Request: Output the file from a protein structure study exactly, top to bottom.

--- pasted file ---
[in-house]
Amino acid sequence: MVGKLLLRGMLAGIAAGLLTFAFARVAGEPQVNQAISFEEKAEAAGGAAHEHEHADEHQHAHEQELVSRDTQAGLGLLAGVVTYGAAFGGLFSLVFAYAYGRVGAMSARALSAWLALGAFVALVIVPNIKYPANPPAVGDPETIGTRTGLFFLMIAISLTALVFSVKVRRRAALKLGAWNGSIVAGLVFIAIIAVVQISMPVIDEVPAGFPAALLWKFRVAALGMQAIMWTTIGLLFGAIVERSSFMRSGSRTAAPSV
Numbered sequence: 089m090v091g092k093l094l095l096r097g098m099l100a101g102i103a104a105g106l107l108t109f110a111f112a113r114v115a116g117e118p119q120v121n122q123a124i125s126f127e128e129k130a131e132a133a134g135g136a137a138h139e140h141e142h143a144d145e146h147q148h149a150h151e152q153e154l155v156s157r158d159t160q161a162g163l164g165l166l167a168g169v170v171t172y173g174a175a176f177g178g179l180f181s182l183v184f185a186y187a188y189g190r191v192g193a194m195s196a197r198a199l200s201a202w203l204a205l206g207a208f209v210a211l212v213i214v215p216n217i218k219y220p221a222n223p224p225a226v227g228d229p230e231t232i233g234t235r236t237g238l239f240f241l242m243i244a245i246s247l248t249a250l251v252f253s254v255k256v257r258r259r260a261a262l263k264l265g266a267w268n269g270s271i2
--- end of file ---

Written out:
[in-house]
Amino acid sequence: MVGKLLLRGMLAGIAAGLLTFAFARVAGEPQVNQAISFEEKAEAAGGAAHEHEHADEHQHAHEQELVSRDTQAGLGLLAGVVTYGAAFGGLFSLVFAYAYGRVGAMSARALSAWLALGAFVALVIVPNIKYPANPPAVGDPETIGTRTGLFFLMIAISLTALVFSVKVRRRAALKLGAWNGSIVAGLVFIAIIAVVQISMPVIDEVPAGFPAALLWKFRVAALGMQAIMWTTIGLLFGAIVERSSFMRSGSRTAAPSV
Numbered sequence: 089m090v091g092k093l094l095l096r097g098m099l100a101g102i103a104a105g106l107l108t109f110a111f112a113r114v115a116g117e118p119q120v121n122q123a124i125s126f127e128e129k130a131e132a133a134g135g136a137a138h139e140h141e142h143a144d145e146h147q148h149a150h151e152q153e154l155v156s157r158d159t160q161a162g163l164g165l166l167a168g169v170v171t172y173g174a175a176f177g178g179l180f181s182l183v184f185a186y187a188y189g190r191v192g193a194m195s196a197r198a199l200s201a202w203l204a205l206g207a208f209v210a211l212v213i214v215p216n217i218k219y220p221a222n223p224p225a226v227g228d229p230e231t232i233g234t235r236t237g238l239f240f241l242m243i244a245i246s247l248t249a250l251v252f253s254v255k256v257r258r259r260a261a262l263k264l265g266a267w268n269g270s271i2